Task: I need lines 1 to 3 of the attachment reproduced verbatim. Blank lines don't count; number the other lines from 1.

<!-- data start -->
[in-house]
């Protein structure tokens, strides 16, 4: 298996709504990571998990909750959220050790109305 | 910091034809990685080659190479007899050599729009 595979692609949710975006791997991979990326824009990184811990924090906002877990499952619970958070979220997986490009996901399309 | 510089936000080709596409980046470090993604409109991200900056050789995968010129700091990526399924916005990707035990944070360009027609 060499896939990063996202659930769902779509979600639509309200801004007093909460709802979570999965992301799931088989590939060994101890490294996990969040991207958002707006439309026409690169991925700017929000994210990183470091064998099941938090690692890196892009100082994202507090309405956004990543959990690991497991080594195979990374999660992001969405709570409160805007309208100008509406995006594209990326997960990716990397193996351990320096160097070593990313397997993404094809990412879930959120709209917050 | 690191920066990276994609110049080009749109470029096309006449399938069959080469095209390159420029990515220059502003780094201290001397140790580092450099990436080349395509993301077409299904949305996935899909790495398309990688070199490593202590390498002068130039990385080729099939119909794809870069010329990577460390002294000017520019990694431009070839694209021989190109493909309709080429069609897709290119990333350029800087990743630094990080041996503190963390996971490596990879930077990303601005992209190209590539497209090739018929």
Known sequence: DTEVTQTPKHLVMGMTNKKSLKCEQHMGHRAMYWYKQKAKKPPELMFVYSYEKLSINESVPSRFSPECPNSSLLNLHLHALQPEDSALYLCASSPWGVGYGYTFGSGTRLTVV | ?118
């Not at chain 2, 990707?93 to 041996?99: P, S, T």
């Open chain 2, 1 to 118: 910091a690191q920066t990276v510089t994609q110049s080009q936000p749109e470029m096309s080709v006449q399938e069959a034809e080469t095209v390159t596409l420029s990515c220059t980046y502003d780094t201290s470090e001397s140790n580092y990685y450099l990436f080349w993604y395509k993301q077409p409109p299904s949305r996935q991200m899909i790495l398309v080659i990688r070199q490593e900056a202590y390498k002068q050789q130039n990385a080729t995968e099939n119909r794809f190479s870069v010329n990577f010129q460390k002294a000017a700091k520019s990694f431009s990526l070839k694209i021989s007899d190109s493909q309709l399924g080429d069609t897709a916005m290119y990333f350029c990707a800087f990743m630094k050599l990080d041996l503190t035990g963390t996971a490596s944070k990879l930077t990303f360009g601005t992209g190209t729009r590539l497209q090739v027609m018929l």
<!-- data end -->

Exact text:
[in-house]
């Protein structure tokens, strides 16, 4: 298996709504990571998990909750959220050790109305 | 910091034809990685080659190479007899050599729009 595979692609949710975006791997991979990326824009990184811990924090906002877990499952619970958070979220997986490009996901399309 | 510089936000080709596409980046470090993604409109991200900056050789995968010129700091990526399924916005990707035990944070360009027609 060499896939990063996202659930769902779509979600639509309200801004007093909460709802979570999965992301799931088989590939060994101890490294996990969040991207958002707006439309026409690169991925700017929000994210990183470091064998099941938090690692890196892009100082994202507090309405956004990543959990690991497991080594195979990374999660992001969405709570409160805007309208100008509406995006594209990326997960990716990397193996351990320096160097070593990313397997993404094809990412879930959120709209917050 | 690191920066990276994609110049080009749109470029096309006449399938069959080469095209390159420029990515220059502003780094201290001397140790580092450099990436080349395509993301077409299904949305996935899909790495398309990688070199490593202590390498002068130039990385080729099939119909794809870069010329990577460390002294000017520019990694431009070839694209021989190109493909309709080429069609897709290119990333350029800087990743630094990080041996503190963390996971490596990879930077990303601005992209190209590539497209090739018929």
Known sequence: DTEVTQTPKHLVMGMTNKKSLKCEQHMGHRAMYWYKQKAKKPPELMFVYSYEKLSINESVPSRFSPECPNSSLLNLHLHALQPEDSALYLCASSPWGVGYGYTFGSGTRLTVV | ?118